Virginia Indians knew the Northern Neck by its villages and bodies of water. The current names of many of those waterways and settlements trace their origins to the Virginia Algonquian language. A peninsula between the Potomac and Rappahannock Rivers, the Northern Neck Proprietary was a gift to Lord Fairfax, and the region’s navigable creeks and rivers presented opportunities for English colonization in the 17th century. Northern Neck is the birthplace of two brothers to sign the Declaration of Independence from the illustrious Lee family, and three of the first five presidents — George Washington, James Monroe and James Madison; their homes are open to the public for tours and events.

A commercially active region with the advent of the steamboat industry that brought thousands to the area for seafood and recreation, the Northern Neck later mourned the decline of the Chesapeake Bay steamboats. Bridges came few and late, and today, there are three bridges that access the region. Scenic byways abound in the area, more plentiful than traffic lights. Roads lead to forgotten steamboat landings on waterways and inlets no longer necessary for the delivery of mail or city-made goods, and now provide launches for canoes or kayaks.

Stratford Hall
Stratford Hall, Stratford, Va.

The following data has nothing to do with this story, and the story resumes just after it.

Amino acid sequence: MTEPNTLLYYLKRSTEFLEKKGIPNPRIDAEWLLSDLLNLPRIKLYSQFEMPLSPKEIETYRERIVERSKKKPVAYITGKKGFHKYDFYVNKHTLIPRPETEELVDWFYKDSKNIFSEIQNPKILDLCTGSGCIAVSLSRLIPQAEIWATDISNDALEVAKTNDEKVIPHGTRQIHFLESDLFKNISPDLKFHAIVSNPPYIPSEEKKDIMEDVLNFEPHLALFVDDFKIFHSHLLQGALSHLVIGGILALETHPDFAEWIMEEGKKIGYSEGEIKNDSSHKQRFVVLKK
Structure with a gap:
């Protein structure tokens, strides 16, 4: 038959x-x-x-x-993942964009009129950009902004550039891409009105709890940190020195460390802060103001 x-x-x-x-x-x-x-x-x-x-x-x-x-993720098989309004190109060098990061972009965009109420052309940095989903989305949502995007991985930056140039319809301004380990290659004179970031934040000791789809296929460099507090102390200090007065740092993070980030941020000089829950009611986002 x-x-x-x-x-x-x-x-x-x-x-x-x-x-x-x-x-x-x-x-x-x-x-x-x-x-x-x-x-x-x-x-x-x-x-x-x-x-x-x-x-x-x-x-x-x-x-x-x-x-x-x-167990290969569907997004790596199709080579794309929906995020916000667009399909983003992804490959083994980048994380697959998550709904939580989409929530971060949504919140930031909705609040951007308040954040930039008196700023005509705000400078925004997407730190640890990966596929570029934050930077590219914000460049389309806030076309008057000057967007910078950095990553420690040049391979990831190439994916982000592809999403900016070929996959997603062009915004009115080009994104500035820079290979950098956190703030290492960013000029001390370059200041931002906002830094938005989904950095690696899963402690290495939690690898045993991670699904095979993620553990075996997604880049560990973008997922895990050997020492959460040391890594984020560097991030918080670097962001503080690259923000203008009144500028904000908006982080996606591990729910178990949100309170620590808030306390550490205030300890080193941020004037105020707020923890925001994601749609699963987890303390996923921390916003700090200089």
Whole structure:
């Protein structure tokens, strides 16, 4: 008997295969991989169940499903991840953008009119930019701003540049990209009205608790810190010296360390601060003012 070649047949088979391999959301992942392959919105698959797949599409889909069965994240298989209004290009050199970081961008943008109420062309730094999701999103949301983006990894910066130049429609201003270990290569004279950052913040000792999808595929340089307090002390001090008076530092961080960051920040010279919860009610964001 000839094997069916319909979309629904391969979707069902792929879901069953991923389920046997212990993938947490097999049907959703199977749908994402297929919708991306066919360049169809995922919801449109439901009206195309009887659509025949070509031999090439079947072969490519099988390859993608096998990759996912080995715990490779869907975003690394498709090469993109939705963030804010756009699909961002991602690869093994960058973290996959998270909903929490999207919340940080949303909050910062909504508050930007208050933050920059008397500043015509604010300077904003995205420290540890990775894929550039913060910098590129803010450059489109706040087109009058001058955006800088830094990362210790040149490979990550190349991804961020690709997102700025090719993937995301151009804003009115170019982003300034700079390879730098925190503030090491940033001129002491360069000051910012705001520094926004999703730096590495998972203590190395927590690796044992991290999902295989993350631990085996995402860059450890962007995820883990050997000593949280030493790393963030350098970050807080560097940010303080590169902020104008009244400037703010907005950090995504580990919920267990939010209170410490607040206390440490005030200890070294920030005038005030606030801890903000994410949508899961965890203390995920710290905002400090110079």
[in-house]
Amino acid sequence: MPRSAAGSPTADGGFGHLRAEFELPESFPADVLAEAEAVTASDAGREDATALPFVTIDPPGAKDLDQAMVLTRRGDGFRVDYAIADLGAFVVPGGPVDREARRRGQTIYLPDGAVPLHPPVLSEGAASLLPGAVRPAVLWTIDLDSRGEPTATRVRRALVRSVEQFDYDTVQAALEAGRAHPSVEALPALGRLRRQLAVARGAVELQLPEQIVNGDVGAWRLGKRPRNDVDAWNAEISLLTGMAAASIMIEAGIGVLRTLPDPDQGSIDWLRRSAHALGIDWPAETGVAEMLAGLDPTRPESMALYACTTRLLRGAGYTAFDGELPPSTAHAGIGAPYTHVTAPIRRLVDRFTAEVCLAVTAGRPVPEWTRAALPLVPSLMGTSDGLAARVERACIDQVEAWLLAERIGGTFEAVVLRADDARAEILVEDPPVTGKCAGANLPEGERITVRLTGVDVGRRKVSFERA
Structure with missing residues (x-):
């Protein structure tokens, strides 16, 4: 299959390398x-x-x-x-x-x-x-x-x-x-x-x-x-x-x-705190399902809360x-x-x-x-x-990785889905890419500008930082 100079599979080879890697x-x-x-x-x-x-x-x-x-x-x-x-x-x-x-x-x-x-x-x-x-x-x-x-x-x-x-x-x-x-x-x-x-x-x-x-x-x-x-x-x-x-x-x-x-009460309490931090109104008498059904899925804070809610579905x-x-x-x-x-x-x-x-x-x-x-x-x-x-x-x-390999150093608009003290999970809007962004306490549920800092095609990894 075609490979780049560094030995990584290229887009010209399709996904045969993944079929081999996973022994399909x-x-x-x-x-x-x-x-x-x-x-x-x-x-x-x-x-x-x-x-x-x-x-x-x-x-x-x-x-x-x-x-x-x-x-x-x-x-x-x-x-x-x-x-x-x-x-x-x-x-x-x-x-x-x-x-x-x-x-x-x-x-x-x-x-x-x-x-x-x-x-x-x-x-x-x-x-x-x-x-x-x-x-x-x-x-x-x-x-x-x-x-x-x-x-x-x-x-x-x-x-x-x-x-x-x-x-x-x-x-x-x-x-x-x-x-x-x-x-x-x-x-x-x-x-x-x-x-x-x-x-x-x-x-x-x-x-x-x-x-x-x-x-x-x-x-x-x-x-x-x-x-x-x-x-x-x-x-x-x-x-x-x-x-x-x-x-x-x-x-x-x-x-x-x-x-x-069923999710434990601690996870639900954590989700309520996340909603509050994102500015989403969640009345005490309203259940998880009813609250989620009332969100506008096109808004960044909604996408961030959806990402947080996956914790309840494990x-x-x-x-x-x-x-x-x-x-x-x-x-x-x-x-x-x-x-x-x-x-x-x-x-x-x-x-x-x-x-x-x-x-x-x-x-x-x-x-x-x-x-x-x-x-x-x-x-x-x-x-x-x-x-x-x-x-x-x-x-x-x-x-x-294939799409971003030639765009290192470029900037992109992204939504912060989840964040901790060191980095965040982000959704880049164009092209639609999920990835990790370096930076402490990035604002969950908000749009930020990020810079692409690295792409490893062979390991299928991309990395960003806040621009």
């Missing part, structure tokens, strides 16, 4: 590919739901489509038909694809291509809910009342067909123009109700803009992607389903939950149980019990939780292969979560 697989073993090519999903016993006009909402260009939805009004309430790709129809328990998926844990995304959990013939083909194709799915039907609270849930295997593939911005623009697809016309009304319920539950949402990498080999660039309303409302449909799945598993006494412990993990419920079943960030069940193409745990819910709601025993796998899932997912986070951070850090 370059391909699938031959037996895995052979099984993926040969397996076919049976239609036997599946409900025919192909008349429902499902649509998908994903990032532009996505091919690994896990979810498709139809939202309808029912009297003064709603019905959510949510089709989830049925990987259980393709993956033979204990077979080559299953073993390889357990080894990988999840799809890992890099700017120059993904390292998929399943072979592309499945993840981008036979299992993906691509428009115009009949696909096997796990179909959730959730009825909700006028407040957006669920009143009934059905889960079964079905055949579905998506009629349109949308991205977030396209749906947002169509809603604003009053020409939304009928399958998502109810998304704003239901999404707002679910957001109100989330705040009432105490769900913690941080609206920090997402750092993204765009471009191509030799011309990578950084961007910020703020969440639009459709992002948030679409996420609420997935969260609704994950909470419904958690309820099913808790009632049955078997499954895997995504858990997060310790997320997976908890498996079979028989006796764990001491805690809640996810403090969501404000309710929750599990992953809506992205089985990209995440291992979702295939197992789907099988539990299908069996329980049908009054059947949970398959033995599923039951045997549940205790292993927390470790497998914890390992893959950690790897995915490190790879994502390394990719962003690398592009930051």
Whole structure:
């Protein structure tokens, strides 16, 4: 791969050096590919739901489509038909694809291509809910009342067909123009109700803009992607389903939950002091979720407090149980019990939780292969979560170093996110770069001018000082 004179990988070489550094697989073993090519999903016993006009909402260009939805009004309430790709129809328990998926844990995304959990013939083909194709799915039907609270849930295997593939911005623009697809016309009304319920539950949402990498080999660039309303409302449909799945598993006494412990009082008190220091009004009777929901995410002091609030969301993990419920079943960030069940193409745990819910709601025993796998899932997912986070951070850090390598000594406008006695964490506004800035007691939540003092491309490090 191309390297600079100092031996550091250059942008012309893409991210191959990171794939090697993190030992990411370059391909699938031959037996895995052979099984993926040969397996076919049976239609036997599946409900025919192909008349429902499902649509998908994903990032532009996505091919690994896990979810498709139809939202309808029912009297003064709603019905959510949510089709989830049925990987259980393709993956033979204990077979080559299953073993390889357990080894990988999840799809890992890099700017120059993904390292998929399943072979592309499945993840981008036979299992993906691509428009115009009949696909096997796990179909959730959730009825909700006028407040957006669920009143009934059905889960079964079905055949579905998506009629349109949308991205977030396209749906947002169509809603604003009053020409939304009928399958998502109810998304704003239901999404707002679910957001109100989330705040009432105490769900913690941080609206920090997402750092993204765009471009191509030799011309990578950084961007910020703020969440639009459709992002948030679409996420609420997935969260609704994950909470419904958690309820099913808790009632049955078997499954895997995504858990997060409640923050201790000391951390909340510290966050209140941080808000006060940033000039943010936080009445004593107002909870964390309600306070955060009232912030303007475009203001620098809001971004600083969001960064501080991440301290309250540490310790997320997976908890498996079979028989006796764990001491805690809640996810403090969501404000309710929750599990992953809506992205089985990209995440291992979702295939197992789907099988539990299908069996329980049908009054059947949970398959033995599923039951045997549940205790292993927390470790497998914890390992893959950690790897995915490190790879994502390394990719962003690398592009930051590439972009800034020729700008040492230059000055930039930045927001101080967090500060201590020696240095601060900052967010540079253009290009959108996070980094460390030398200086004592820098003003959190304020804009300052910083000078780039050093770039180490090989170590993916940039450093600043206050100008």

Photo: Northern Neck Tourism Commission

Wildlife and bird-watchers congregate in the area for bird walks, hikes or paddles at the Rappahannock National Wildlife Refuge, as well as the Civilian Conservation Corps-era Westmoreland State Park, Caledon State Park and Belle Isle State Park.

The Northern Neck is dotted with charming small museums that engage visitors in our past, and historic sites in still-scenic natural settings. Historic Districts and walkable downtowns provide restaurants, lodging and specialty retail shopping. Well-established wineries have been joined by more recent vineyards and offer tastings, pairings and events on weekends. With the Virginia Oyster Trail traversing the region, visitors can engage with watermen on a heritage on-water tour, and see oyster cages floating in creeks where the bivalve is grown for the restaurant market.  Hike the parks and natural areas. Paddle through our history. Visit the sites and taste the history in our farm-raised produce, locally harvested seafood and regional wines that complement both. For more information or to plan a visit to the Northern Neck, visit or email